HDR merging

In this assignment, we will only work with images that are linear, static, and where the camera hasn't moved. The image files are provided with gamma 2.2 encoding and we have inserted lines of code in makeHDR and toneMap to decode and recode, respectively, the images. Keep these lines in your implementations of makeHDR and toneMap.

Consult the course slides for the overall merging approach. We will first compute weights for each pixel and each channel to eliminate values that are too high and too low. We will then compute the scale factor between the values of two images. Finally, we will merge a sequence of images using a weighted combination of the individual images according to the weights and scale factors.


Use testComputeWeight in a5_main.cpp to help test this function.


Now that we know which pixels are usable in each picture, we can compute the multiplication factor between a pair of images.

Use testComputeFactor in a5_main.cpp to help test this function.

(a) w1
(b) w2

Merge to HDR

Use the previous functions to merge a sequence of images. You can assume that the first one is the darkest one, and that they are given in order of increasing exposure.

Use testMakeHDR in a5_main.cpp to help test this function.

Tone mapping

Now that you have assembled HDR images, you are going to implement tone mapping. Your tone mapper will follow the method studied in class. The function will be called FloatImage toneMap(const Image &im, float targetBase, float detailAmp, bool useBila, float sigmaRange). It takes as input an HDR image, a target contrast for the base, an amplification factor for the detail, and a Boolean for the use of the bilateral filter vs. Gaussian blur.

As described in lecture slides, our goal is to reduce the contrast from the HDR image (say, 1:10000) to what we can show on a display (say 1:100). Although gamma correction would be the first thing we can think of, this results in washed out images, as you might have seen in class. The colors are actually okay (they're all there) but the high frequencies are washed out. We therefore want to work in the luminance, and increase the high frequencies, and we want to work in the log domain, since we are very sensitive to multiplicative contrast.

Next, we want to extract the detail of the (log) luminance channel. We do this by blurring the log luminance, and subtracting the original. Convince yourself that gives you the details (high frequencies)!

Great, you are finally ready to put everything together!

Enjoy your results and compare the bilateral version with the Gaussian one. Use the functions testToneMapping_ante2, testToneMapping_ante3, testToneMapping_design, testToneMapping_boston in a5_main.cpp to help test your tone mapping function.

gaussian tone mapping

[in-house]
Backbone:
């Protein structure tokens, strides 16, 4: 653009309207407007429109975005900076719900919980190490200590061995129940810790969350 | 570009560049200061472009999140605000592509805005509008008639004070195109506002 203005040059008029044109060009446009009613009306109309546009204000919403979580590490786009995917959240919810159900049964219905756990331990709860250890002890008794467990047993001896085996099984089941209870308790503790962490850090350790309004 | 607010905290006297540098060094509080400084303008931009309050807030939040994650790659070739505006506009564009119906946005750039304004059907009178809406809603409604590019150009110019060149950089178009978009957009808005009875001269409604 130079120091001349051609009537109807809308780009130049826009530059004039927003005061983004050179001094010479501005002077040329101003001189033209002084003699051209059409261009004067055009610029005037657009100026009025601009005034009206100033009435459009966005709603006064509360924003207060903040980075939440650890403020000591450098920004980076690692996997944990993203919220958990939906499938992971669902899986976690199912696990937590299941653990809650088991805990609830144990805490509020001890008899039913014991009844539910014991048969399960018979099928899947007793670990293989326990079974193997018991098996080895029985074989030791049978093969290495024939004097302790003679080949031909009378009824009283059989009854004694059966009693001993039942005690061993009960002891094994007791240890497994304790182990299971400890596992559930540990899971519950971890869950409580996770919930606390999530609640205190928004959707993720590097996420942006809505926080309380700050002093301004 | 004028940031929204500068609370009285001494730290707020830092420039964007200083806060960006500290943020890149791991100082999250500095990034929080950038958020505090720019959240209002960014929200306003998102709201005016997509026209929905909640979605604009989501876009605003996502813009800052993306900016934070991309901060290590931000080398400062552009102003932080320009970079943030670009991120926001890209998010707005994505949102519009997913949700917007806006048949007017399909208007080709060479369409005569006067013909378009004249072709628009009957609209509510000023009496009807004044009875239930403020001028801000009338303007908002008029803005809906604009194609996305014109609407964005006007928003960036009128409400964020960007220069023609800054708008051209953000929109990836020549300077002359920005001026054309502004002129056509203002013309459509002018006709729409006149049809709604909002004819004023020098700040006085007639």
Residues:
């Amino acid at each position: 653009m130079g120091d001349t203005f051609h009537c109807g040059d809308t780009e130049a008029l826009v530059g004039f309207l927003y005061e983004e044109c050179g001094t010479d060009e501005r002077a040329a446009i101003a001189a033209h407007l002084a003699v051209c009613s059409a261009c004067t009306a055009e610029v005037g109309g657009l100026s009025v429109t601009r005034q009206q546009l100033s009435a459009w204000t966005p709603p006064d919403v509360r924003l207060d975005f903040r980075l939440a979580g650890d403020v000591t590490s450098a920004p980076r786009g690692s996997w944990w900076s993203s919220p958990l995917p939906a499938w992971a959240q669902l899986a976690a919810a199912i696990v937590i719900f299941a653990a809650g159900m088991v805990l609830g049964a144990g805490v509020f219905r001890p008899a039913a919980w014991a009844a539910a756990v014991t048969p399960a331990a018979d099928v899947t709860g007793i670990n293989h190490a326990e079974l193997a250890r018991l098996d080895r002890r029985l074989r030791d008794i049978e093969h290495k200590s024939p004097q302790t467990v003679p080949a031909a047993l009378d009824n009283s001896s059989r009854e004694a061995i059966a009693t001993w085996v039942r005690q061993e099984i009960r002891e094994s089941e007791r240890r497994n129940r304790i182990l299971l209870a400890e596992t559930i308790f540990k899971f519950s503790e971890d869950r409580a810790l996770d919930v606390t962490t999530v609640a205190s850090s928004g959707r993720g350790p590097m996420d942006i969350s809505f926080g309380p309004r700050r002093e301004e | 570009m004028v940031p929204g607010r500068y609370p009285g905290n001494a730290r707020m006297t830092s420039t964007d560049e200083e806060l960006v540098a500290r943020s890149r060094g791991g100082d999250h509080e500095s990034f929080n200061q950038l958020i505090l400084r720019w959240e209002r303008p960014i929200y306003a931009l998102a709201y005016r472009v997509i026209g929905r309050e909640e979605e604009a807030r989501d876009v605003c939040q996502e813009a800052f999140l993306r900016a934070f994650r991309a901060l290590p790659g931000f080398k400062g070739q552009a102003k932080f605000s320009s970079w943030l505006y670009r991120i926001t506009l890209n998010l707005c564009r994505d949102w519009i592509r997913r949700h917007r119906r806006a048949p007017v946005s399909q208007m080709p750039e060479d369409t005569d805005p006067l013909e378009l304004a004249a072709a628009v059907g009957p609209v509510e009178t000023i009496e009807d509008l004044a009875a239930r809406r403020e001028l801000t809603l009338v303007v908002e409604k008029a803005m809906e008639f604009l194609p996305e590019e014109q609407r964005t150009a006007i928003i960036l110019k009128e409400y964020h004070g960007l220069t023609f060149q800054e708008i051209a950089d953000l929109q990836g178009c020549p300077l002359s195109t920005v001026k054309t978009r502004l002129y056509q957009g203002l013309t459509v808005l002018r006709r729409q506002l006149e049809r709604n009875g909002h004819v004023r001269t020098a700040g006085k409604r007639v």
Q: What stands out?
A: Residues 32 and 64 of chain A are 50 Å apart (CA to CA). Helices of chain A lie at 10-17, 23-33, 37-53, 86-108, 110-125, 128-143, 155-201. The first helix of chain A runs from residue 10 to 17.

bilaterial tone mapping
(a) Gaussian Tone Mapping
(b) Bilaterial Tone Mapping
gaussian tone mapping
bilaterial tone mapping
(a) Gaussian Tone Mapping
(b) Bilaterial Tone Mapping

Your own HDR photo.

Extra credit

Here are some ideas for extra credit, both for undergrads and grads (undergrads: up to 10%; grads: up to 5%).
  • (5%) Deal with image alignment (e.g. the sea images. We recommend Ward's median method (talk to me and I can point you in the right direction), but probably single-scale to make life easier yet slower. Alternatively, you can simulate the clipping in the darker of two images.
  • (5%) Derive better weights by taking noise into account. You can focus on photon noise alone. This should give you an estimate of standard deviation (or something proportional to the standard deviation) for each pixel value in each image. Use a formula for the optimal combination as a function of variance to derive your weights while still properly avoiding clipped black and white pixels. Evaluate and compare with respect to the results using the naive binary weights.
  • (5%) Write a function to calibrate the response curve of a camera. See http://www.pauldebevec.com/Research/HDR/
  • (10%) Implement the bilaterial grid for fast bilateral filtering. See http://groups.csail.mit.edu/graphics/bilagrid/ with more mathematical justifications at http://people.csail.mit.edu/sparis/publi/2009/ijcv/Paris_09_Fast_Approximation.pdf
  • (10%) Hard: deal with moving objects.


Turn in your files using Canvas and make sure all your files are in the a5 directory under the root of the zip file. Include all sources (.cpp and .h) files, any of your images, and the output of your program. Don't include your actual executable (we don't need your _build directory), and remove any superfluous files before submission.

In your readme.txt file, you should also answer the following questions:

Acknowledgments: This assignment is based off of one designed by Fr├ędo Durand, Katherine L. Bouman, Gaurav Chaurasia, Adrian Vasile Dalca, and Neal Wadhwa for MIT's Digital & Computational Photography class.